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Using eval() to call functions - an unanticipated problem

P: n/a
Today I ran into a problem that had me completely baffled.
A function that I have just written, processes data in any one of 4
different data grids.
Within a for() loop I need to call another specific function depending
on the grid being accessed. To do this I construct the function name
from a variable and a literal string. No problem yet.

When I ran the web page that called the function, the for() loop kept
going into what appeared to be an infinite loop(?), but I wasn't
updating the counter variable - or so I thought.

Eventually, it dawned on me what was happening. The called funtions
also have a for() loop using the same counter variable (both "i").
While neither function should be aware of the other's variable as they
were both locally declared and therefore should have been out of
scope, the called function was updating the calling function's counter
variable.

This seems weird in the extreme, but it was happening with both
FireFox and Internet Explorer, so it seem to be a javascript "thing".

The problem disappeared of course after I changed the calling
function's counter variable.

Something to be aware of, folks!
Feb 2 '08 #1
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3 Replies


P: n/a
crater wrote on 02 feb 2008 in comp.lang.javascript:
Today I ran into a problem that had me completely baffled.
A function that I have just written, processes data in any one of 4
different data grids.
Within a for() loop I need to call another specific function depending
on the grid being accessed. To do this I construct the function name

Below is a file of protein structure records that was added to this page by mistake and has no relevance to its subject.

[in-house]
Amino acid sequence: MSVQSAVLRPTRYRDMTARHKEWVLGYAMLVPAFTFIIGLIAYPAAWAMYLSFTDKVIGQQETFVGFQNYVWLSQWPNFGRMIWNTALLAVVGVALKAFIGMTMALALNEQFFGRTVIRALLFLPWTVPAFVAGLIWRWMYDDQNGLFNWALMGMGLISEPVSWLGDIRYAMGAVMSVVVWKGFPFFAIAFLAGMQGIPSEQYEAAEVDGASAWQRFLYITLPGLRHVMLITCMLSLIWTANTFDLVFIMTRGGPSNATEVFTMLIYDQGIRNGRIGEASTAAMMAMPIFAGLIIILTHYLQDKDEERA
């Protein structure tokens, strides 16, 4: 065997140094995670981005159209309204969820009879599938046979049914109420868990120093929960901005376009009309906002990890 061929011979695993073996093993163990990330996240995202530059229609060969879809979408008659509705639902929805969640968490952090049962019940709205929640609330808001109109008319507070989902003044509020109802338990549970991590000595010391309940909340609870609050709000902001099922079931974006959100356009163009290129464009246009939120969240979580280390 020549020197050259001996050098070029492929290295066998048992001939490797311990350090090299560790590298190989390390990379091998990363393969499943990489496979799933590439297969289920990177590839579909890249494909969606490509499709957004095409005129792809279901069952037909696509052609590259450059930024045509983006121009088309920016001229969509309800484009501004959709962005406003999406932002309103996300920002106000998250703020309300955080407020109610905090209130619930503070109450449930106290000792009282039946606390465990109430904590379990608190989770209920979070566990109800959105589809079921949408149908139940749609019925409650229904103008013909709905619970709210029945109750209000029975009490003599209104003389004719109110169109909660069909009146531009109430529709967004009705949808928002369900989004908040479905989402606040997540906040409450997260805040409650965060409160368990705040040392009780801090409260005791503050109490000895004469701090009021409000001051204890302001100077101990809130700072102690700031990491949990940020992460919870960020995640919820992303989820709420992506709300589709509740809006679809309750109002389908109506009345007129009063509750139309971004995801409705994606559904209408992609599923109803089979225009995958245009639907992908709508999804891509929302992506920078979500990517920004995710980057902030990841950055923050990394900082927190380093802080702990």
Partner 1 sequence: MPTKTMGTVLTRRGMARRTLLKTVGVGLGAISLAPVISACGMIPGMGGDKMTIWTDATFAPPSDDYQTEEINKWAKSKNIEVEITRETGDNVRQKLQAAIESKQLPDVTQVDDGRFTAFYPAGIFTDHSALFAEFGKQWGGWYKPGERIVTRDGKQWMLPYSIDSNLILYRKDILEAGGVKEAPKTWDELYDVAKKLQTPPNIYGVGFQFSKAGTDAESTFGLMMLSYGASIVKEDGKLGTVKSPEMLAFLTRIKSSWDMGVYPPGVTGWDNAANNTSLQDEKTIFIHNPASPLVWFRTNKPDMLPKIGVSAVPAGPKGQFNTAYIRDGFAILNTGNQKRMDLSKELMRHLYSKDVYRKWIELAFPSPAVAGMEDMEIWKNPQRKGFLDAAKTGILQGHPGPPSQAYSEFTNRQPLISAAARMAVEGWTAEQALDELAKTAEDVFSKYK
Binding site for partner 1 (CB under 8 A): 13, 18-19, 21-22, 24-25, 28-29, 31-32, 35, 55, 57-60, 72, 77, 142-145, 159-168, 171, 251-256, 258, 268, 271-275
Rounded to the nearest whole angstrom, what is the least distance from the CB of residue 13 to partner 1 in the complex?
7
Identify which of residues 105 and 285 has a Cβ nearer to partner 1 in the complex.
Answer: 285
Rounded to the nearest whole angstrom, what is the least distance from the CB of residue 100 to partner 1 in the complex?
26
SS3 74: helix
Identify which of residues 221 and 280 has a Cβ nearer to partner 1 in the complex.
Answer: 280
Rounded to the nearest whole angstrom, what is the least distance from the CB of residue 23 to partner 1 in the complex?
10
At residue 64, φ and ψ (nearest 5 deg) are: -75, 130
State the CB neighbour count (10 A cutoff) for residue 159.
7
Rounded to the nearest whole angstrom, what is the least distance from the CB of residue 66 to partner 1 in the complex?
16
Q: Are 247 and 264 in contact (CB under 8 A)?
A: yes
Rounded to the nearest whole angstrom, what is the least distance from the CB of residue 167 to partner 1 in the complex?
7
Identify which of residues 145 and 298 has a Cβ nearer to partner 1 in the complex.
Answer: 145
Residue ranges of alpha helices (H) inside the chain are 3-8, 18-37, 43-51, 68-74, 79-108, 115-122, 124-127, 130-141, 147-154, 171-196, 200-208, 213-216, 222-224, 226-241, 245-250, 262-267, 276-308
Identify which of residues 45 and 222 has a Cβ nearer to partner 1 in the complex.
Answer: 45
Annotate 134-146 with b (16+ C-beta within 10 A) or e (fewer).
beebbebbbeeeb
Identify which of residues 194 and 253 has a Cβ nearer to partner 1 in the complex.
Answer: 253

from a variable and a literal string. No problem yet.

When I ran the web page that called the function, the for() loop kept
going into what appeared to be an infinite loop(?), but I wasn't
updating the counter variable - or so I thought.

Eventually, it dawned on me what was happening. The called funtions
also have a for() loop using the same counter variable (both "i").
While neither function should be aware of the other's variable as they
were both locally declared and therefore should have been out of
scope, the called function was updating the calling function's counter
variable.

This seems weird in the extreme, but it was happening with both
FireFox and Internet Explorer, so it seem to be a javascript "thing".

The problem disappeared of course after I changed the calling
function's counter variable.

Something to be aware of, folks!
I would think it to be a simple programming error on your part,
not an error of the interpreting programme.

Limiting scope of a variable is one of the nice things of javascript,
painfully absent in some other languages.
--
Evertjan.
The Netherlands.
(Please change the x'es to dots in my emailaddress)
Feb 2 '08 #2

P: n/a
crater wrote:
Today I ran into a problem that had me completely baffled.
Eventually, it dawned on me what was happening. The called funtions
also have a for() loop using the same counter variable (both "i").
While neither function should be aware of the other's variable as they
were both locally declared and therefore should have been out of
scope, the called function was updating the calling function's counter
variable.
Something to be aware of, folks!
As the others have said, it's more likely an error in your code. Here's
the most common error in for loops:

function somefunc()
{
for(i=0;i<something;i++)
{
dosomething();
}
}

Is that what your loop (basically) looked like ? If it does, then you're
missing the crucial var keyword that makes that i variable local to the
function. If you don't have it, you're declaring/sharing a global
variable. Here's how that look should look:

for(var i=0;i<something;i++)
{
dosomething();
}
Feb 2 '08 #3

P: n/a
Is that what your loop (basically) looked like ? If it does, then you're
missing the crucial var keyword that makes that i variable local to the
function. If you don't have it, you're declaring/sharing a global
variable. Here's how that look should look:

for(var i=0;i<something;i++)
{
* *dosomething();

}- Hide quoted text -

- Show quoted text -
Yes! You hit the nail on the head. I'd obviously developed tunnel
vision with this.
A nudge once in a while with a sharp elbow does wonders for clarity of
mind.
Many thanks.
Feb 4 '08 #4

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